Our fourth paper, “From skills to practices, from tool-kits to ethnography: re-thinking employability with a literacies lens” by Kendall and French draws upon the outcomes of a Higher Education Academy (HEA) funded project, Literacies for Employability (L4E) and offers a contribution to the discussion of the interface between university learning and workplace settings. The paper includes information about employability which crosses disciplines and subject areas, together with practical ways of engaging students in ethnographic approaches to understanding workplace practices and professional, work-based, or placement learning.

The project L4E is grounded in social theories of communication from sociology and education; understanding literacy as a complex social activity embedded in domains of practice. These ideas recognise workplaces as highly distinctive and diverse contexts for literacy and that to be successful in particular workplace settings students must be attuned to the nuanced literacy practices of that workplace. As little exists to foreground this the project has developed a framework to scaffold and support this process across the disciplines so that students can develop the attitudes and behaviours they will need to be successful in the workplace.

Pennbrant and Svensson continue the discussion of success in the workplace in our fifth paper, “Nursing and learning – healthcare pedagogics and work-integrated learning”. The paper suggests that the increased pace of social change in Sweden means that HE needs to prepare students to manage change and drive change processes within their job roles. The example focused on in this study is HE’s obligation to meet the social and political demands for well-trained health professionals. The paper defines and formulates a research agenda for this area using work-integrated learning, with a specialisation in healthcare pedagogics.

Returning to the employability of HE graduates in the UK, Pigden, Garford and Moore offer us their paper, “Employability outcomes for university joint honours graduates” which again re-iterates the way in which, across the world, the intrinsic value of HE is increasingly linked with the ability of the graduate to secure highly skilled graduate employment post-graduation. After summarising the various tools used to record statistics on this globally, the paper focuses on the Destination of Leavers from Higher Education in the UK, a survey organised by the Higher Education Statistics Agency to collect student-related data and summarise what graduates are doing six months after finishing their degrees.

The paper examines how the vast majority of UK students specialise throughout their degree and study just one academic subject at bachelor degree level, commonly known as a single honours degree, in contrast to other systems globally. However, most British universities do permit students to study two or even three subjects in parallel in joint or combined honours degrees (double majors internationally). The study investigates how HE students choose to obtain their degrees in other countries such as the USA, Canada, Australia and South Africa. A mixed picture is reported across Europe, with students studying a variety of vocational and academic disciplines as single or joint honours. So whilst the study predominantly reports on an analysis of UK graduate employment data, its conclusions are relatable to any university education system where there is a mix of study options open to the students.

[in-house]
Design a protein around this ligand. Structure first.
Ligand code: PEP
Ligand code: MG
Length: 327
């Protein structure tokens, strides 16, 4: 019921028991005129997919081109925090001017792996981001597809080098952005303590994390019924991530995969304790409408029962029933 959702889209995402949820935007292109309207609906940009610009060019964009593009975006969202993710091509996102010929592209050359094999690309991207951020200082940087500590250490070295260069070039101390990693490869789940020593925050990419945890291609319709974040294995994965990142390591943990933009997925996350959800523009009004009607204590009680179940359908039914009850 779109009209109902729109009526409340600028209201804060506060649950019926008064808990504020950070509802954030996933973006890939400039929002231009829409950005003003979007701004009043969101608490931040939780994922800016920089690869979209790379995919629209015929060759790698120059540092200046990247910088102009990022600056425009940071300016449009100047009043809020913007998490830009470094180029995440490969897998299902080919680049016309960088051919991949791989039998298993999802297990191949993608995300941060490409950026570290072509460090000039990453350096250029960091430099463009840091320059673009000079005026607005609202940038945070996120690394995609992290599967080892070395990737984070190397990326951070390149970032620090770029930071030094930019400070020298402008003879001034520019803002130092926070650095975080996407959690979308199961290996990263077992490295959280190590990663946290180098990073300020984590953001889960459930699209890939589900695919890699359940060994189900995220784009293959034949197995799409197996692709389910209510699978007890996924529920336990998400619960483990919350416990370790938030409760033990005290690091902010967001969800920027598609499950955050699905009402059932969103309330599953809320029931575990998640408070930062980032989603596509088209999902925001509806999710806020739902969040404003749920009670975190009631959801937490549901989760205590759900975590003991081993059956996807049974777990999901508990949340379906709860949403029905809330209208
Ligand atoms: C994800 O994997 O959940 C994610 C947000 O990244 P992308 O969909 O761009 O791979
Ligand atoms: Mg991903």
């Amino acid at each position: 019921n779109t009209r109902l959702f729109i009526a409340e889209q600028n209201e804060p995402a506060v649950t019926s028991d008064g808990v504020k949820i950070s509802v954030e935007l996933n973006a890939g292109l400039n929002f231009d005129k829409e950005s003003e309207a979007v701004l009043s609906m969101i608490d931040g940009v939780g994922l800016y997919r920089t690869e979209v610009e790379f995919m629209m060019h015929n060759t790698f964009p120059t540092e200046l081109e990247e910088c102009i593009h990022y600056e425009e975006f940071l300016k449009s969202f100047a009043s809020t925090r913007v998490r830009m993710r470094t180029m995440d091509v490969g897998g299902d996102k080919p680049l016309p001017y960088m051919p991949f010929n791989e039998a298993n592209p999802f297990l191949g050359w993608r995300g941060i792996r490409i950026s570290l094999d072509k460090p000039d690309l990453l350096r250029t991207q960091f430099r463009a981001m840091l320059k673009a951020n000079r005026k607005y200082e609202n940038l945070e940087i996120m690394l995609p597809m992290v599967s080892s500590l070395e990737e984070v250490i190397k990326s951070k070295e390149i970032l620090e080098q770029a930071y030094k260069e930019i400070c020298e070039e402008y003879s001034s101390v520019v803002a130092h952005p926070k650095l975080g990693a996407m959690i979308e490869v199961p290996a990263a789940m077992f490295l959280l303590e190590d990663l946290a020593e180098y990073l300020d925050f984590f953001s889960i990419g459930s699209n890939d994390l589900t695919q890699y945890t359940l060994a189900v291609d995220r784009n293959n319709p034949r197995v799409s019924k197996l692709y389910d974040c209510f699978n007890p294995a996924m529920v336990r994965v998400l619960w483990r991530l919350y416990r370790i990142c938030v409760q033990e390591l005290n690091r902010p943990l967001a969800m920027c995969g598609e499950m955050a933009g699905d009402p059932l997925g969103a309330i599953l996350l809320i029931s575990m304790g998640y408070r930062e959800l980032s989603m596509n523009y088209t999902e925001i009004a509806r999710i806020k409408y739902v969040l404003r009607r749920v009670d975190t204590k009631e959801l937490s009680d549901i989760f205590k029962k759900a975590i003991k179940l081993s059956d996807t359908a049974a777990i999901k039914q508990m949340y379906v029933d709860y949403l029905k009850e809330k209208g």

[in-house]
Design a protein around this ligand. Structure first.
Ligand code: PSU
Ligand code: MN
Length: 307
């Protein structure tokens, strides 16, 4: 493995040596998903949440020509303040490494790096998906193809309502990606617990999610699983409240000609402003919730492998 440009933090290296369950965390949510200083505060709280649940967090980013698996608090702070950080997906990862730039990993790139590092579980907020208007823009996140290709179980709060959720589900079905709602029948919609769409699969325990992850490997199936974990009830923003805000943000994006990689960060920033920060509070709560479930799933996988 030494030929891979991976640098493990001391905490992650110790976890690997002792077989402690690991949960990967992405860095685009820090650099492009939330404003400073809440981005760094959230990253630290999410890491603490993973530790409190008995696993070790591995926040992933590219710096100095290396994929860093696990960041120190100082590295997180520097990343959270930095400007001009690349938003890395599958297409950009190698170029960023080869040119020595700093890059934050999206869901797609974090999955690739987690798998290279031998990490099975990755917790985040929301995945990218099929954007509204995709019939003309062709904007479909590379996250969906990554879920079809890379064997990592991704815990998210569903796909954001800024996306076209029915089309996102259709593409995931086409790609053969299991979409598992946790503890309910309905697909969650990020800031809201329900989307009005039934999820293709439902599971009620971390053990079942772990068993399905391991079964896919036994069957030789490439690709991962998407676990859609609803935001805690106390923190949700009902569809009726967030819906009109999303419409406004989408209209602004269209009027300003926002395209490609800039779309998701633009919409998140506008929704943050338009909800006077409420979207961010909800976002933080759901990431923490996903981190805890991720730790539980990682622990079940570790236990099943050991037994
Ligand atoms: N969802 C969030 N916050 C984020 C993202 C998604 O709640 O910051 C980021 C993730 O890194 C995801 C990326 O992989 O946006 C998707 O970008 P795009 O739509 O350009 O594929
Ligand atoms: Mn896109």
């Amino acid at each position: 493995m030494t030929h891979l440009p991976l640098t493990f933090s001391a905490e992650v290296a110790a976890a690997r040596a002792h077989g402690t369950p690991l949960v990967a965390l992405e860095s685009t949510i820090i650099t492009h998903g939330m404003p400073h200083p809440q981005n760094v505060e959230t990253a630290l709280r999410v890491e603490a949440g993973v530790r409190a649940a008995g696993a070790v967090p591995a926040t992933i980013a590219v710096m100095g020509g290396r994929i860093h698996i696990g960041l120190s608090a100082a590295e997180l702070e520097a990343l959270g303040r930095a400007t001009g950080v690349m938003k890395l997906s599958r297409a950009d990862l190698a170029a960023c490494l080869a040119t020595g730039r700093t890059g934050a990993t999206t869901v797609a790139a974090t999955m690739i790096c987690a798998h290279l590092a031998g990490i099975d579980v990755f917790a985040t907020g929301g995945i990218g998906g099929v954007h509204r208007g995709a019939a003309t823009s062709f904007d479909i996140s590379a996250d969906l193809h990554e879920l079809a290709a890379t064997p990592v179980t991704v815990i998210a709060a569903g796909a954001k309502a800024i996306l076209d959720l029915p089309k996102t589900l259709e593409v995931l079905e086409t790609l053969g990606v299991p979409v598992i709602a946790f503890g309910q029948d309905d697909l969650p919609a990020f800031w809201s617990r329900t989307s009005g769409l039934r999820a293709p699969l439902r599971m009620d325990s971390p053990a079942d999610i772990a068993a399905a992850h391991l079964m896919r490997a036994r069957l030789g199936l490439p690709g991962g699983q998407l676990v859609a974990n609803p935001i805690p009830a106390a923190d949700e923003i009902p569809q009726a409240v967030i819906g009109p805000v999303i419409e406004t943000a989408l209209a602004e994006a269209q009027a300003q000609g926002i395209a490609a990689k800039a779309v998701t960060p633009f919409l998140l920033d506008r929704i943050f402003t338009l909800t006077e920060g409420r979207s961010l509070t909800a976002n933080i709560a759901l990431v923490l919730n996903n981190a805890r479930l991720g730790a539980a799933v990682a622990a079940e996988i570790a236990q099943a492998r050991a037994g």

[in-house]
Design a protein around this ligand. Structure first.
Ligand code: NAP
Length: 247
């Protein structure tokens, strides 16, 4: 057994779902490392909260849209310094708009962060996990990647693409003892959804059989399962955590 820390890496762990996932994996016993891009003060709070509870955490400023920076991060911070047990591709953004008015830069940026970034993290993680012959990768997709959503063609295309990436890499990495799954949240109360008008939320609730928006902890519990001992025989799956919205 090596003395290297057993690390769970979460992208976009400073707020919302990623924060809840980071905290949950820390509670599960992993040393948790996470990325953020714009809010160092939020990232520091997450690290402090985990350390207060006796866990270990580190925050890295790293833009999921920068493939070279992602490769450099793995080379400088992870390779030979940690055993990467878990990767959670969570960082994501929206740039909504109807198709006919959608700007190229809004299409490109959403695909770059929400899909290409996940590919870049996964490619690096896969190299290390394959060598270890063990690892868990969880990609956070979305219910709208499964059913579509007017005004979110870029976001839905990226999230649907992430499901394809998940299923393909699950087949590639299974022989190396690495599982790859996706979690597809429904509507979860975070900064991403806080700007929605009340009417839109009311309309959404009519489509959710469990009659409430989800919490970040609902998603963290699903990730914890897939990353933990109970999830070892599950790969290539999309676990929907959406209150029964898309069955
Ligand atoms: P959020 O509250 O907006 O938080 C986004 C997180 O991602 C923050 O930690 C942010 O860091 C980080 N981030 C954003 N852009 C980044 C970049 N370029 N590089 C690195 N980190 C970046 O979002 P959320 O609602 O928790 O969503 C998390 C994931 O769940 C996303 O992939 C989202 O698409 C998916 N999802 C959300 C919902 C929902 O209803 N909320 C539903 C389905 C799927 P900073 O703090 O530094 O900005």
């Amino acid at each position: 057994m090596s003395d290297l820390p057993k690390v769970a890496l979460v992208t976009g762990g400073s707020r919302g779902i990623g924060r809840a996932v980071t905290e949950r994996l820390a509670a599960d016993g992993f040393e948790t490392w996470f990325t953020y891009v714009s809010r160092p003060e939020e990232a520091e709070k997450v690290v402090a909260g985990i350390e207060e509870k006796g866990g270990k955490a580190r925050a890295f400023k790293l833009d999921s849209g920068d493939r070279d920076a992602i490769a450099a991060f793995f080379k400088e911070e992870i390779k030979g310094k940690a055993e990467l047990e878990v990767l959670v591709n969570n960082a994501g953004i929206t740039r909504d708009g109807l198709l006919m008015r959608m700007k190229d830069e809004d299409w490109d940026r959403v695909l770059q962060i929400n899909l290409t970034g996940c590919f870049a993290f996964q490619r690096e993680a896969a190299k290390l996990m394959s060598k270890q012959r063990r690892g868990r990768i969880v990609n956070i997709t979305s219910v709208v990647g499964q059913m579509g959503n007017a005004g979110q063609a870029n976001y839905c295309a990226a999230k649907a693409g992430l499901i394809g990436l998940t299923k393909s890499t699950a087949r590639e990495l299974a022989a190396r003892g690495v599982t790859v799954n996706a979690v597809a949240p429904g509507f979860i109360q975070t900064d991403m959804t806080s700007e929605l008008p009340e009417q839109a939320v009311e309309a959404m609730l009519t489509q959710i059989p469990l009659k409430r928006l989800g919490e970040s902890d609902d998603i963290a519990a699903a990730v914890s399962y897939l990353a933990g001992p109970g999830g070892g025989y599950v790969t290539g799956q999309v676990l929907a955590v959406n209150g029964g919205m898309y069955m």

In our final paper of Issue 8.2 we are offered an insight into “Doctorateness and the DBA: what next?” Poole uses this paper to examine the extent to which the Doctor of Business Administration (DBA) programmes, currently offered by UK universities, are appropriate to the needs of all their stakeholders, including the experienced business and management professionals who enrol on them. In order to do this the study examines DBA programme descriptors on UK university websites, and by critically reviewing recent academic papers on doctorates in the fields of business and management, as well as considering available provision within the context of current debates about the nature of “doctorateness” which are taking place in the field of doctoral education as a whole. The paper has several conclusions, which include three possible futures for the DBA.

Thank you to all of the reviewers who made the publication of these great papers possible by giving so freely of their time and invaluable expertise. I hope you enjoy the papers in 8.2 and agree that they are incredibly useful in sharing information, experience and knowledge to facilitate innovation within the sector.